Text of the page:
Why Does the USADA Want Convicted Dopers to Win the Tour de France?
USADA have claimed this as a victory, calling the result “a reassuring reminder that there is hope for future generations to compete on a level playing field without the use of performance-enhancing drugs”.
If Armstrong is stripped of his Tour victories, the new list of “winners” will contain many names familiar to those who have followed cycling’s infamous doping scandals: Jan Ullrich (banned for doping), Ivan Basso (banned for doping), Andreas Klöden (accused of blood doping- the case was closed when he made a 25000 Euro payment to settle the charges, without an admission of guilt. NADA, the German anti-doping agency, have recently expressed an interest in re-opening the case), and Joseba Beloki (implicated though not charged in Operacion Puerto investigations). Of the new victors, only Jaan Kirsipuu has been neither implicated nor proven to be doping. If he is the hope that USADA is banking on, it is a slim one. Along with many who have previously been banned for doping, Basso and Klöden are still riding, still performing at a competitive elite level (5th in Giro d’Italia 2012 and 11th in Tour de France 2012 respectively). The Olympic gold medal in road cycling was won by Vinokourov, another convicted doper.
As Verner Moller has pointed out, it is difficult to understand why people dope if they are subsequently capable of riding clean and winning. Nor has the pace let up. The Tour de France winner’s average speed in 2012 was faster than Lance Armstrong’s 2000 win and than the infamous 2007 Tour which was marred by a string of doping scandals.
It would be one thing to watch the Tour de France and other sports in the knowledge that riders are competing using training, determination and talent alone. But all the evidence shows that is not the case, and will probably never be the case. New doping methods arise as old ones become testable, including gene doping. USADA themselves, in chasing Armstrong despite his history of clean tests, have shown a lack of faith in the testing system’s ability to catch cheats. They have allegedly relied on his team mates snitching on him for lenient treatment.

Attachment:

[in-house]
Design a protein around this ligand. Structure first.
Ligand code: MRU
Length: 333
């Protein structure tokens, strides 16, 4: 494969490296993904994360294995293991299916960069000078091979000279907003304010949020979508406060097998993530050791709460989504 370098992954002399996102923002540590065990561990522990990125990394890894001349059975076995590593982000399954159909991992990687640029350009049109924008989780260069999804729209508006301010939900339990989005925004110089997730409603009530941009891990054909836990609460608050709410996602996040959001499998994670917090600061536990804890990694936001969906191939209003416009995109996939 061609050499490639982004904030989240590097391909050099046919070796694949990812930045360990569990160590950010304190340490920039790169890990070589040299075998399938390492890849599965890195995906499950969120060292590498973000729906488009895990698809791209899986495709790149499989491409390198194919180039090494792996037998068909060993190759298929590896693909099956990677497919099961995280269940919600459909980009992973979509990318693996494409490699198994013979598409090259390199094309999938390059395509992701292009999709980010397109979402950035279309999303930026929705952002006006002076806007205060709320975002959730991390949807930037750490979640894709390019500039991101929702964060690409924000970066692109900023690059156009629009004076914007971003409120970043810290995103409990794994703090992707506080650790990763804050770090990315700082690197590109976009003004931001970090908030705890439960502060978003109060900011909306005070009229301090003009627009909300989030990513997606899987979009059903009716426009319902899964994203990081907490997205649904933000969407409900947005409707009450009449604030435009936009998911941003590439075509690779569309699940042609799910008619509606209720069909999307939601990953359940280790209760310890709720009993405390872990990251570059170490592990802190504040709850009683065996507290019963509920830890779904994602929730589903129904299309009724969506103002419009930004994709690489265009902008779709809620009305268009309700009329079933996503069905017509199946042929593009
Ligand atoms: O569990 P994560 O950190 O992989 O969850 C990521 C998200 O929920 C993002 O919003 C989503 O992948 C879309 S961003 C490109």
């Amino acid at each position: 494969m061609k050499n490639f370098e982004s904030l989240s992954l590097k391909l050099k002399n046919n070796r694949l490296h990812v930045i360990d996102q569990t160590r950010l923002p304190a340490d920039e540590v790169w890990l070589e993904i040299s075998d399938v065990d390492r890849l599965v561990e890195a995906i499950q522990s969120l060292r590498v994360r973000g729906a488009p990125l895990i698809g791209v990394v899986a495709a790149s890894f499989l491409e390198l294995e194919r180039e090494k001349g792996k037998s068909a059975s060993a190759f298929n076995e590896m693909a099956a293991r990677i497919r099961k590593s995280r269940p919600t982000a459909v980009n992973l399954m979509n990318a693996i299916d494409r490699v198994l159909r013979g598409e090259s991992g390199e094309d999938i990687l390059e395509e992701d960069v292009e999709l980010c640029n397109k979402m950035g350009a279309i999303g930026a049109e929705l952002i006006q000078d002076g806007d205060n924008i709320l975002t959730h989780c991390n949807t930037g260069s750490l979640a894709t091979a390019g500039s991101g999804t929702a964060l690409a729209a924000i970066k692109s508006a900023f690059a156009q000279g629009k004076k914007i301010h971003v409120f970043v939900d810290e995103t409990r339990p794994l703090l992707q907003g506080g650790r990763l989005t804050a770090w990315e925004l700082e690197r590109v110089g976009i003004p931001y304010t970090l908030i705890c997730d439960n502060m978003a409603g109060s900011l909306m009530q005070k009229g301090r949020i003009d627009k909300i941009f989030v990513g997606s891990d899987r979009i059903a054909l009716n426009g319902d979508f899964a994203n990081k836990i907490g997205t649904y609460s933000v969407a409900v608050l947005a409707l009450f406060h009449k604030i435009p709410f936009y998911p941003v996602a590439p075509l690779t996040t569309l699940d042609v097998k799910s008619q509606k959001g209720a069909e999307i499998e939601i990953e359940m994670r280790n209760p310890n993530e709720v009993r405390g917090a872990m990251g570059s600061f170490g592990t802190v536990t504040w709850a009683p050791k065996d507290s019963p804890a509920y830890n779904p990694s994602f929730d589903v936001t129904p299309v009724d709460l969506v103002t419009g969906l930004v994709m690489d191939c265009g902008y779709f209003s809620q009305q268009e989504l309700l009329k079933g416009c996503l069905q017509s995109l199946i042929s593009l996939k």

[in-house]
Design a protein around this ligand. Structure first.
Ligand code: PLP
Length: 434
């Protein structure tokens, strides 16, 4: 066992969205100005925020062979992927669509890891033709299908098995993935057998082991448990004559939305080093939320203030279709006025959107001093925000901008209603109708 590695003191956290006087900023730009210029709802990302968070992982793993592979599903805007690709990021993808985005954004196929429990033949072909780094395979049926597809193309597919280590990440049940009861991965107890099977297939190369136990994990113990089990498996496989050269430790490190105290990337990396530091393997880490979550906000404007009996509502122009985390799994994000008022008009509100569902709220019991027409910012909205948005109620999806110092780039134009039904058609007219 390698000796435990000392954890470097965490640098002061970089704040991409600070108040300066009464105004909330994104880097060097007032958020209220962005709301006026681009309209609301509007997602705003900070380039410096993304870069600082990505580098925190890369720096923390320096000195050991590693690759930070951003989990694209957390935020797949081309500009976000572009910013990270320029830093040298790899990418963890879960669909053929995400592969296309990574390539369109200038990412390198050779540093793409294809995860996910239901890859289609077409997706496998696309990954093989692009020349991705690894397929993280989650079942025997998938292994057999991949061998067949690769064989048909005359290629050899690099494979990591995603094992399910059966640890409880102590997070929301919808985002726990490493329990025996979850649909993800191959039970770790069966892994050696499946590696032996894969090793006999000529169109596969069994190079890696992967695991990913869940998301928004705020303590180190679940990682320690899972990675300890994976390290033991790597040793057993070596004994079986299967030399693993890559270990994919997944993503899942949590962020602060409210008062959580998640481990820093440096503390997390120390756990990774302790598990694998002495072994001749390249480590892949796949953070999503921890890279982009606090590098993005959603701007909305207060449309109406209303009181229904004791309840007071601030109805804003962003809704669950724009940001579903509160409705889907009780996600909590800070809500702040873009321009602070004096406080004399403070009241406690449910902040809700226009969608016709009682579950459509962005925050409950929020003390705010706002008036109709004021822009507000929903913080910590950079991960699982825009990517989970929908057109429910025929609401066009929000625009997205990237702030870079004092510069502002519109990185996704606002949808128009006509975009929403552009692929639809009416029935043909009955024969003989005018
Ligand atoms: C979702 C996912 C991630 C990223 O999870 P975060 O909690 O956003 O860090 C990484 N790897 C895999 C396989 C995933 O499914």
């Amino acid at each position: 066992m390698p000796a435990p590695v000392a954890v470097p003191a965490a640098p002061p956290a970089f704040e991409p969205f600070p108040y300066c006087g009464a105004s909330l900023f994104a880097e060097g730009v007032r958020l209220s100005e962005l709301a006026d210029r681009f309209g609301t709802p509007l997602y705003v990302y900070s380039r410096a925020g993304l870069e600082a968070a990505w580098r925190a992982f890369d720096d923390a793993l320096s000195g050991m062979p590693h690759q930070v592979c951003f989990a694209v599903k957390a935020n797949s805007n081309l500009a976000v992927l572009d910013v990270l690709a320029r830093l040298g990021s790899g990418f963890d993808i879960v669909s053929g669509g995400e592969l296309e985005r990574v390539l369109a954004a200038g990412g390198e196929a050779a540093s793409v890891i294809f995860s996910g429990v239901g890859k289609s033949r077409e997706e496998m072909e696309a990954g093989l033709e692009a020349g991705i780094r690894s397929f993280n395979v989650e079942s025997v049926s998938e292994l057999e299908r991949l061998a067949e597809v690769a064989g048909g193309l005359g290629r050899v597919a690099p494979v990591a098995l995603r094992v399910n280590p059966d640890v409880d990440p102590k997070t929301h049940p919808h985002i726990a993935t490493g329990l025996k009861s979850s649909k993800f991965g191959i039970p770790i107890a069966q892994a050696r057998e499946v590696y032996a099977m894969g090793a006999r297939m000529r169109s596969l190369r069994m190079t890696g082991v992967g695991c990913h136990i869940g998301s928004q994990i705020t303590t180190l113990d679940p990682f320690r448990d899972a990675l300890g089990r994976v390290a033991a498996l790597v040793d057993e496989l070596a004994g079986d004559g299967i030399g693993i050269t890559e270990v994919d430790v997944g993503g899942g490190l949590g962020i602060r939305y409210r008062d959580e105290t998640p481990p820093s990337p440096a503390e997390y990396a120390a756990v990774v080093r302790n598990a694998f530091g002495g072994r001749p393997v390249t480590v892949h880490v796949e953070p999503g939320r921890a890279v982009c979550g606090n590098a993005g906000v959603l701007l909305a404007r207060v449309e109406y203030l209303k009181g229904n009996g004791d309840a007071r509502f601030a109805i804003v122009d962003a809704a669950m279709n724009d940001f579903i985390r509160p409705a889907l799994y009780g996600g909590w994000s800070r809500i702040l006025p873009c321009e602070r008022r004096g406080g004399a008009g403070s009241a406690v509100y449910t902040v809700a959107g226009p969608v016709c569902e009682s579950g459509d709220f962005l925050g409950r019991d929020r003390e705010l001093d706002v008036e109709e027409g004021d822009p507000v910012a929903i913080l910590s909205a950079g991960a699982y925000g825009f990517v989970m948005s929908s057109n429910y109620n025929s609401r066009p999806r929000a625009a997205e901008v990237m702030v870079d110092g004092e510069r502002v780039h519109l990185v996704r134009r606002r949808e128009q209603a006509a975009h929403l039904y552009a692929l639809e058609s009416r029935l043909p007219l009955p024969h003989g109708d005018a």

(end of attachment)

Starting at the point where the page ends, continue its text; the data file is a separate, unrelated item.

Under the current system, doping appears to be widespread, and only sporadically detected. It is also a danger to the athletes. In 2011, Riccardo Ricco was rushed to hospital, allegedly due to a poorly administered blood transfusion. A number of rider deaths and other damage have been linked to drugs . It will be impossible to ever know the extent of any damage, as there are no effective controls.
The war on doping has been tried and has failed. It has cost millions. The lives of the few athletes who are caught are ruined, whilst the culture of doping remains prevalent. However, more worryingly, many more young athletes are a victim of a system which demands doping in order to be competitive, to win races which will get a sponsor, who will pay for them to carry on competing. Yet the current system forces them to do so without any safety controls and under cover. Allowing doping, under the protection of a doctor who is responsible for the athlete’s long term health, and measuring key indicators to ensure they are at safe levels, will ultimately provide a greater protection for future generations than giving Lance Armstrong’s victories to a less high profile set of riders with doping histories of their own.
It is time for a moratorium on the witch hunt for dopers. It is time to set up a new harm reduction approach to doping that bans only very unsafe substances and interventions which are inimical to sport. But Armstrong, even if the allegations were true, never used any of these.
It is time to take a realistic, rational approach to performance enhancement in sport. The crusades and the witch hunts are ruining it for everyone, not the least the athletes themselves.
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